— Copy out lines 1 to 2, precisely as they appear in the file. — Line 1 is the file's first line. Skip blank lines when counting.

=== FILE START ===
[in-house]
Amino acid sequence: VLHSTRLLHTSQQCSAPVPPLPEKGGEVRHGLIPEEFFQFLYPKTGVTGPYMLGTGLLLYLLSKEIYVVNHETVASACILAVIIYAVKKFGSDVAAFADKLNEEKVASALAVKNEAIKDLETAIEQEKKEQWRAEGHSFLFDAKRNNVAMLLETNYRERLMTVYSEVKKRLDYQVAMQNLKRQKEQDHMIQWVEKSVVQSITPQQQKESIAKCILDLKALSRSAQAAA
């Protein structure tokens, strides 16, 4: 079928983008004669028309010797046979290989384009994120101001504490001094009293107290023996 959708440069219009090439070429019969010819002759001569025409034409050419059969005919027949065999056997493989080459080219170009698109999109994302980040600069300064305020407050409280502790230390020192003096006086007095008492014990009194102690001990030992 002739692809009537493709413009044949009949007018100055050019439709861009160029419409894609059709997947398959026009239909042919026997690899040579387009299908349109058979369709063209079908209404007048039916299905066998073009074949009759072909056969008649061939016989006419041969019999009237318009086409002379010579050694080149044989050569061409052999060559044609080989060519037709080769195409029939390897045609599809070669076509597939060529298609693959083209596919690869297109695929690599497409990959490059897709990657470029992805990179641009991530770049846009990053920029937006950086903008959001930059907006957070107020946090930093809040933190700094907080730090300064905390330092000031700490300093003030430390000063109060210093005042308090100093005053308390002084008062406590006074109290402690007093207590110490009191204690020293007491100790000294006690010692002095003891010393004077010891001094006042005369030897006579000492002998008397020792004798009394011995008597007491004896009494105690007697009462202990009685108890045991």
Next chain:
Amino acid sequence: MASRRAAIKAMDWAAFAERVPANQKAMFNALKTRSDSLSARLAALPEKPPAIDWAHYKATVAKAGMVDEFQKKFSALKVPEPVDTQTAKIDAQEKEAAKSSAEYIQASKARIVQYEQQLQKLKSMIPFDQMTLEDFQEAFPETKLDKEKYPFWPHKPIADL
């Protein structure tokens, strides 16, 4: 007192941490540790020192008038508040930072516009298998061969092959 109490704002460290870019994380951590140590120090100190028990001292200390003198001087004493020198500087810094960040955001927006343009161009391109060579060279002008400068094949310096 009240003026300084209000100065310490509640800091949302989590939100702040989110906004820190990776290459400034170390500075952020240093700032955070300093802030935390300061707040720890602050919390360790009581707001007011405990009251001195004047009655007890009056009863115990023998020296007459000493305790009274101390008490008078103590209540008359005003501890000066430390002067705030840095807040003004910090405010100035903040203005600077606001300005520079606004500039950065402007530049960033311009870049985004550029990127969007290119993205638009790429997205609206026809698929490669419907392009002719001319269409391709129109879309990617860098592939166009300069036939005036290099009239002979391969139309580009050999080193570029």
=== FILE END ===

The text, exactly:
[in-house]
Amino acid sequence: VLHSTRLLHTSQQCSAPVPPLPEKGGEVRHGLIPEEFFQFLYPKTGVTGPYMLGTGLLLYLLSKEIYVVNHETVASACILAVIIYAVKKFGSDVAAFADKLNEEKVASALAVKNEAIKDLETAIEQEKKEQWRAEGHSFLFDAKRNNVAMLLETNYRERLMTVYSEVKKRLDYQVAMQNLKRQKEQDHMIQWVEKSVVQSITPQQQKESIAKCILDLKALSRSAQAAA